Last up on the decision making front, Andrew Cohen, CBS News dude and harness racing owner, has reiterated his desire to get something done in harness racing and if so, be the lead on such an effort. In the latest edition of Trot radio Andrew speaks about the game, suspensions and leadership from his perspective. Despite hearing over and over again that "this can not be done", I firmly believe it will be done; so I figure we might as well make a decision start now. I believe we are a lot closer to doing something than people think.


Anonymous said...

No Rachel should not be penalized for not going to the B.C. but Zenyatta's connections should be penalized for scratching out of the Louisville a race that was run on a good surface, and the same surface Rachel won by 20 1/4 lengths on. They should be penalized for ducking significant races where competition showed up in on the East coast like the Go For Wand, the Personal Ensign, and the Beldame, they should be penalized for not taking their horse to run in the Pacific Classic or Goodwood, races that the fans begged to see her in to prove herself that she could be a champion race horse all year long instead of just on 1 day ala 2008 Apple Blossom early season and L.C. late season in 2009 4 of perhaps the weakest fields that a horse could run against and then taking a calculated risk when Sea of Stars didnt show up and Rachel didnt come to run again 4 dirt horses that hated the surface 4 snythetic horses that were lower tier and 3 Euros that had hard campaigns all year. But lets not look at all the things that the Zen camp didnt do lets look at what she actually did this year. Lets stack them up for discussion. Rachel defeated fillies by 58 lengths total this year, Zenyatta defeated her competition by 6 total lengths Rachel’s best 9f time was 1:46.33 besting a mark set by Ruffian in the process, Zenyatta’s best time at 9f was 1:48.15 that is 7 ½ lengths slower, Rachel beat Summer Bird on a surface that he preferred by 6 lengths and Zenyatta beat the same horse on a surface that he hated so much he was shipped East to race as a 3 year old by 3 lengths. She’s a better synthetic horse but championships have been won on Dirt for hundreds of years, not on synthetics in the last 3 years. If Zenyatta was so superior they would have had no problem shipping her east to face Rachel as they said they were going to in June. I feel sorry for Zenyatta as her legacy will be one with an * when the synthetic surfaces are no more and her connections didnt let her prove her worth on dirt consistently. 2009 Horse of the Year goes to the horse that was most consistent and had the HOY campaign, the one and only Alexandra the Great!!!!!!!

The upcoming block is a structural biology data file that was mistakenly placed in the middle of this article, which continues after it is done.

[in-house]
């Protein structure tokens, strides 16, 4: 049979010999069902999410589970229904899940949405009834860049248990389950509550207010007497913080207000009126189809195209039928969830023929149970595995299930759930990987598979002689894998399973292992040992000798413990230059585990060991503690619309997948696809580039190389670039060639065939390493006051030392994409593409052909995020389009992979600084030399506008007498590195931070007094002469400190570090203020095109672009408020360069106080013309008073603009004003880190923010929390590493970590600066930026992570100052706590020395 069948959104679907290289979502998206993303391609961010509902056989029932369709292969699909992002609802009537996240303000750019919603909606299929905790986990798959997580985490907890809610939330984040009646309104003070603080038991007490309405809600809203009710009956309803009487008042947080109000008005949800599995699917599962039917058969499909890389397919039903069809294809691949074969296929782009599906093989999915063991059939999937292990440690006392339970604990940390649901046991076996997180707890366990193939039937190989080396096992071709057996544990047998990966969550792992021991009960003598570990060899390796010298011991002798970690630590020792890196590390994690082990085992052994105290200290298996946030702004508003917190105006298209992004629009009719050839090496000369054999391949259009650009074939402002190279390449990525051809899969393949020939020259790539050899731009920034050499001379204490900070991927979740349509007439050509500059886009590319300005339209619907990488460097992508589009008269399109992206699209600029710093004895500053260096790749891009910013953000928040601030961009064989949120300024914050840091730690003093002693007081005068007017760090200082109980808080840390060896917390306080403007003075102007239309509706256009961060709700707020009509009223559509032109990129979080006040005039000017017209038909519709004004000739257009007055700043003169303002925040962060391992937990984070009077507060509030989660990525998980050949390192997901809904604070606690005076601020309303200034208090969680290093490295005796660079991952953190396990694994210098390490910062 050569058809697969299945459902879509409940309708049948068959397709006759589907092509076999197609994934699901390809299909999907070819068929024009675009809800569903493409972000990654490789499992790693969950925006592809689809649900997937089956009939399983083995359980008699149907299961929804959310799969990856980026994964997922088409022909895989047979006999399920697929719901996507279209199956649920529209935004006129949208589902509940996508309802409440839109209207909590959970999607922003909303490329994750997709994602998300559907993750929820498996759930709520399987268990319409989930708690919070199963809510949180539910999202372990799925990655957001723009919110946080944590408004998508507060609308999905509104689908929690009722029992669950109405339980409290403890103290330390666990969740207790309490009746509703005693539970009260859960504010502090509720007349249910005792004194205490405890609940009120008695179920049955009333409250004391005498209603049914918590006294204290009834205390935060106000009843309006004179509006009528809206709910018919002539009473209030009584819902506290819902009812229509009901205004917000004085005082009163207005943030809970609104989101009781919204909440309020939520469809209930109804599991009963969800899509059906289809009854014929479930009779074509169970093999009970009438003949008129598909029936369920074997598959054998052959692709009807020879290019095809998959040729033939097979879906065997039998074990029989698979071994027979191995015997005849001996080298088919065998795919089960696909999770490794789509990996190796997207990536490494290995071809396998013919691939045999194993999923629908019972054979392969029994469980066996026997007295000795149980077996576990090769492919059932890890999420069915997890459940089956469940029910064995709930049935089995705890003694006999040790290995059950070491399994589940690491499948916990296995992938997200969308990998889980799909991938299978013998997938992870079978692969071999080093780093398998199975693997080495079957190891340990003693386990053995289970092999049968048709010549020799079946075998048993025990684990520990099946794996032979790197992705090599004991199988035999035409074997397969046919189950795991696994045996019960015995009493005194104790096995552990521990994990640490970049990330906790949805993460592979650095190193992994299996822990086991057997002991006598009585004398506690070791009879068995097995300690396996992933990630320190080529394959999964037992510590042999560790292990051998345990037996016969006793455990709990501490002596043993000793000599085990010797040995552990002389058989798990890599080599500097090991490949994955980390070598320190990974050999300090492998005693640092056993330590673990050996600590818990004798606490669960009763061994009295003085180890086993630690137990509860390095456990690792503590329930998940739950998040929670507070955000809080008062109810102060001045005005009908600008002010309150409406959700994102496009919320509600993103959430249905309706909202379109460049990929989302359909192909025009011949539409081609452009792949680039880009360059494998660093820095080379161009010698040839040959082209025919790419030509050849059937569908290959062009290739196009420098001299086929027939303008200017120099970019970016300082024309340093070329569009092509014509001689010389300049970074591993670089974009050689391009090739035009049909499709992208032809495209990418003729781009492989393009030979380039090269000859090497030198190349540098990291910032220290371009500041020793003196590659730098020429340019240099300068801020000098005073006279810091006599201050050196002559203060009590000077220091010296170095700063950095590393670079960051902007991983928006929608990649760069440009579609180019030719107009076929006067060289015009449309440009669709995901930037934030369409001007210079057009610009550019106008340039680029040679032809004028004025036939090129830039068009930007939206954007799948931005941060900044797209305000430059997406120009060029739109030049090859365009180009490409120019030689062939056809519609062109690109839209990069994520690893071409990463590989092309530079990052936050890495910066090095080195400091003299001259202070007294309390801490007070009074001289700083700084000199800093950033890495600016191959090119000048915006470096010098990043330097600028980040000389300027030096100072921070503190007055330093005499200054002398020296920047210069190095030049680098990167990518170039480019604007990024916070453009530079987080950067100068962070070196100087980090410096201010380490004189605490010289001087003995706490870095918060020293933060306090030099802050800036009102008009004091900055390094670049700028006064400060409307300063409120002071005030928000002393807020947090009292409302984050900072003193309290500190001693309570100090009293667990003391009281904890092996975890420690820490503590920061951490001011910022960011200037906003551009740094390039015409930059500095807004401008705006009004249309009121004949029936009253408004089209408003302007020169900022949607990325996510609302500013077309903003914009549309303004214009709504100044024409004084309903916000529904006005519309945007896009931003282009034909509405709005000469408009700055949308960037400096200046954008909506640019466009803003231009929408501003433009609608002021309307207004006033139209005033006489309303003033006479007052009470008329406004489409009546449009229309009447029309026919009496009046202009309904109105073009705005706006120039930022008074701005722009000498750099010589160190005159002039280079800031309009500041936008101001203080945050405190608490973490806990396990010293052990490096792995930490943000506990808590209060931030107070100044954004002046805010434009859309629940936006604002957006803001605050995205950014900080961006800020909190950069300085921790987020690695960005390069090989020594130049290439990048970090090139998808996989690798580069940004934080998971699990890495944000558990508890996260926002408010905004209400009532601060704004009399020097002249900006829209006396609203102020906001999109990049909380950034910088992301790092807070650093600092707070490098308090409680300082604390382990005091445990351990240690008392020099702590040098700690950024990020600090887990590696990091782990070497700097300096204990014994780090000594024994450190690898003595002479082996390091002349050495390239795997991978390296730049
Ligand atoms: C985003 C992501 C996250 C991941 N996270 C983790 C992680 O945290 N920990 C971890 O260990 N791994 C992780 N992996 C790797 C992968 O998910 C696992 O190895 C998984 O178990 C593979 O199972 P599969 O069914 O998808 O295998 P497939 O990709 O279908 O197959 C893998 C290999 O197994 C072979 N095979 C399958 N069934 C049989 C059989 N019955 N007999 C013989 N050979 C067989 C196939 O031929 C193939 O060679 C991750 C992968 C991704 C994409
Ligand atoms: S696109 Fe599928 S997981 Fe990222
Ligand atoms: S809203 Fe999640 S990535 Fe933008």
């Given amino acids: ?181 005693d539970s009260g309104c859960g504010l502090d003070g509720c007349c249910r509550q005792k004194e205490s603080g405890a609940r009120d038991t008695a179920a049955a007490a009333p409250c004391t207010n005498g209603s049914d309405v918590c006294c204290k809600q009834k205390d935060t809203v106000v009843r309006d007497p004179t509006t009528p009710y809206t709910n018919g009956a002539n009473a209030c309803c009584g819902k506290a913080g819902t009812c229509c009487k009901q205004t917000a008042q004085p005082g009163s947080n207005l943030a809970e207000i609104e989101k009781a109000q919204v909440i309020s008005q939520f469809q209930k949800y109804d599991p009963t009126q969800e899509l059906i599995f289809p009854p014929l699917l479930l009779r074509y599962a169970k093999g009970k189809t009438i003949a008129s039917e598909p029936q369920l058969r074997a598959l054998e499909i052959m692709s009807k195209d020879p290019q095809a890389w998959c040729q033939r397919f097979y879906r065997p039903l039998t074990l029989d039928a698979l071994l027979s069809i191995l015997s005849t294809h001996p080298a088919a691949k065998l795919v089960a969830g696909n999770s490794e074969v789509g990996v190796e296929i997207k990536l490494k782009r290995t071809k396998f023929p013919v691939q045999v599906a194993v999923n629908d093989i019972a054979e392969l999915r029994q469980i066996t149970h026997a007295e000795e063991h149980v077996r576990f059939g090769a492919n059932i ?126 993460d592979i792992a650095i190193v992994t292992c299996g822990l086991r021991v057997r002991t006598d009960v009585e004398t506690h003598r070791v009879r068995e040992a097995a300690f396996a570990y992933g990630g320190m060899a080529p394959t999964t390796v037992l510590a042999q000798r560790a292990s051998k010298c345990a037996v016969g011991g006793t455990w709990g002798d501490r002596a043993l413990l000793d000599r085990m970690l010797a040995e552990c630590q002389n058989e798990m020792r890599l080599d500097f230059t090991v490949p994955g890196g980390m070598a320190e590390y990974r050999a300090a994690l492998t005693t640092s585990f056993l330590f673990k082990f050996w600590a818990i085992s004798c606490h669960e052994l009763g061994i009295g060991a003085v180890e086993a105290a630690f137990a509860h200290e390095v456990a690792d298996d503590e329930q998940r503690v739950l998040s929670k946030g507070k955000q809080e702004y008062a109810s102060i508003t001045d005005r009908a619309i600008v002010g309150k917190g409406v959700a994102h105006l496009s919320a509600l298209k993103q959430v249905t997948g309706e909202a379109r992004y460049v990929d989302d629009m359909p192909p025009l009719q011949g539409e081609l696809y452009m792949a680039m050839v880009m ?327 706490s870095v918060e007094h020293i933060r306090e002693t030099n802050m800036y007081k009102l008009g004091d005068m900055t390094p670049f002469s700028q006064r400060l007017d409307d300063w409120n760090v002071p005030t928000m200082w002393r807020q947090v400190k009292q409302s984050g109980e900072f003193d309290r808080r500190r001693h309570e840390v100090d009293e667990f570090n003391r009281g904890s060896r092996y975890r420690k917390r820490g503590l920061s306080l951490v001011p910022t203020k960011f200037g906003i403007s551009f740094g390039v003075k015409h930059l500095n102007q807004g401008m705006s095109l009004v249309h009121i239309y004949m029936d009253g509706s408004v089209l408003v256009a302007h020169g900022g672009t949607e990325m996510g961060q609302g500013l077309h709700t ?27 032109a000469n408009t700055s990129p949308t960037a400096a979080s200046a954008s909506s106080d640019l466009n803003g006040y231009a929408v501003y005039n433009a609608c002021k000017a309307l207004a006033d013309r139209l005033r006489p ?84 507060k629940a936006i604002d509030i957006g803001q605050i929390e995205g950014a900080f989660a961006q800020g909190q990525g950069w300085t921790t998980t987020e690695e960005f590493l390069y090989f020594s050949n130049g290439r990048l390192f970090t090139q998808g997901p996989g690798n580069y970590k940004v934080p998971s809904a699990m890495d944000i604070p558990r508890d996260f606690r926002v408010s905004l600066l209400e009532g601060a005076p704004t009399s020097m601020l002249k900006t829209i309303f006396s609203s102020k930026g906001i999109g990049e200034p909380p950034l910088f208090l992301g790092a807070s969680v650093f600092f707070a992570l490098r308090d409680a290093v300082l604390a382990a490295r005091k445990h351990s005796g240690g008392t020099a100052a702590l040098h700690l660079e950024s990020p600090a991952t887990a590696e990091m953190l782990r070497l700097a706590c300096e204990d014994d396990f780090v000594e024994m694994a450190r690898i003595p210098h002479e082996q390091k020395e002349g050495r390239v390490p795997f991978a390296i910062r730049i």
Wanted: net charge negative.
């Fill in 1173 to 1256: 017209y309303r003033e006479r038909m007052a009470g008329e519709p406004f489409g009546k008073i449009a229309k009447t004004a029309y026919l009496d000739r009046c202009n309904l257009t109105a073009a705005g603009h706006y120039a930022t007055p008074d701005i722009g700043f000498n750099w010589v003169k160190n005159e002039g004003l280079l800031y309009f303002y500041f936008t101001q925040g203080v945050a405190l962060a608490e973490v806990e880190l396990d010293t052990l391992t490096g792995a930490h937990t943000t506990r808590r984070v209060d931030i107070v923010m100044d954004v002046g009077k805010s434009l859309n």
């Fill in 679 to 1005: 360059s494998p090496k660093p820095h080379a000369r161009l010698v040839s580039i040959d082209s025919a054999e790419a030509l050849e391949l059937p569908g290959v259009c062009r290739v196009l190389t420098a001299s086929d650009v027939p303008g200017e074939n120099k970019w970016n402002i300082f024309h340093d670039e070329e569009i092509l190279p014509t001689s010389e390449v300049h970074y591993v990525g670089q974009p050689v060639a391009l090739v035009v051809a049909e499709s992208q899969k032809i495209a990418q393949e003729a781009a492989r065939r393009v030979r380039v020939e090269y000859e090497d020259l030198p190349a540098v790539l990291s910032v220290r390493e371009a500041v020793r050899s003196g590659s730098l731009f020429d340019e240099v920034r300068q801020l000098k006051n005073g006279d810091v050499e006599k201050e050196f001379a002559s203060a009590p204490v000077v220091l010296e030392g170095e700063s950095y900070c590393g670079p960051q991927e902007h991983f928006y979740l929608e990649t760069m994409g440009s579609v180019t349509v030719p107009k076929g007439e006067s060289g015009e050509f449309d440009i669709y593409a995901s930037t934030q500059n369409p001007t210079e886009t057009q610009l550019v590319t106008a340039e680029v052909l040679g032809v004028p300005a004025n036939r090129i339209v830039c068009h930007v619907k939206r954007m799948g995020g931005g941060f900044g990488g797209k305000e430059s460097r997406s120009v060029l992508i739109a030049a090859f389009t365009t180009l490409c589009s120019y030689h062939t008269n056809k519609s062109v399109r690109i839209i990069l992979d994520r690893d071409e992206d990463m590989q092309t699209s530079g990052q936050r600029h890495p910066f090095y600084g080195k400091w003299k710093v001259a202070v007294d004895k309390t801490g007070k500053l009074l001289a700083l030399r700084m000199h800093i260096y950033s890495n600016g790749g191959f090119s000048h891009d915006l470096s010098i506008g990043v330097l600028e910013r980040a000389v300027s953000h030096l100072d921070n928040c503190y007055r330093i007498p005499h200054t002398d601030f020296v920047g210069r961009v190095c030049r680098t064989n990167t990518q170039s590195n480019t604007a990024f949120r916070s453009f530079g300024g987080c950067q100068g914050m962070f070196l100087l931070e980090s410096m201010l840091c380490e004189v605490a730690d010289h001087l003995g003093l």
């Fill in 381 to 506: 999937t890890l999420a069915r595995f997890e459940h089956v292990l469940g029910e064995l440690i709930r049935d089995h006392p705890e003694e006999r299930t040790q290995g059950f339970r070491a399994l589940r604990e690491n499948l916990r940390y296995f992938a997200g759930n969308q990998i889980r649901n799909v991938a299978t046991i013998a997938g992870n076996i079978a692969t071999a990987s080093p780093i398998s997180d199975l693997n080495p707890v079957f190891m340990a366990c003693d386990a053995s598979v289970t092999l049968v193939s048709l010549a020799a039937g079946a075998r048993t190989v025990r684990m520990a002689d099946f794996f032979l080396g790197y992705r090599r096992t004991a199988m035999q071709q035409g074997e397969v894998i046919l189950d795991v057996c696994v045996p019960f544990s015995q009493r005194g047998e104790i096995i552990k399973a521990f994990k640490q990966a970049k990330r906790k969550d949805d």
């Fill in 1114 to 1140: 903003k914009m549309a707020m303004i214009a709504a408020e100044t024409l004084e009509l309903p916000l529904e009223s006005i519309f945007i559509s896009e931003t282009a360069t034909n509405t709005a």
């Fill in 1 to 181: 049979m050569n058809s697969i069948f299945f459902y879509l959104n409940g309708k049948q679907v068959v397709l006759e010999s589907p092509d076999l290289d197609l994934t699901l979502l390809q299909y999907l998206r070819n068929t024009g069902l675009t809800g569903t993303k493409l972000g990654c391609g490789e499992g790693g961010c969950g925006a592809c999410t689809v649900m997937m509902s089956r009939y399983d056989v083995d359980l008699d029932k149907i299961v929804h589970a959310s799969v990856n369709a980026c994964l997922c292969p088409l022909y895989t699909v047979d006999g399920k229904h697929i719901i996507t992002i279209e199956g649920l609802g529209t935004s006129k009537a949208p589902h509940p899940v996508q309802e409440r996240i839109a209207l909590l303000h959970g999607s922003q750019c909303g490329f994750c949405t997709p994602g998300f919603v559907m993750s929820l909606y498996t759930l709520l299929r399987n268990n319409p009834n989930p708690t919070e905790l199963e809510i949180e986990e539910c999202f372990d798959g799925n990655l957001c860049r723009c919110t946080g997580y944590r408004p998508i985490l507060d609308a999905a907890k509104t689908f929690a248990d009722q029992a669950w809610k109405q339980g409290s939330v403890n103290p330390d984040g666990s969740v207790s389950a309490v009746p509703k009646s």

dana said...

Decision making is definitely a fascinating thing. One of things I love about horse racing is that forces me to make decisions in situations where the outcome is not always (or anywhere near) clear.

But the issue I have with the BC argument is that it minimizes the full campaign in consideration for HOY. I think it's entirely fair to say 1 BC Classic race does not equal 3 Classic other comparable races (Preakness, Haskell, Woodward).

Yes, I think the industry should embrace championships and promote the hell out of them, namely by using the marketing machine behind the Derby to springboard the rest of the year (and even the rest of the TC). But can it really be called HOY if the inclusion in any single race within a type of race (Classics, e.g.,) is mandatory or more heavily weighted than others? IMHO we don't really need horses running any less frequently.

SaratogaSpa said...

About a month ago Sports Illustrated ran an article on a High School Coach that never lets his team punt on 4th down. He figured out the odds are better if he keeps his offense on the field for the 4th down. It was real interesting on a handicapping level.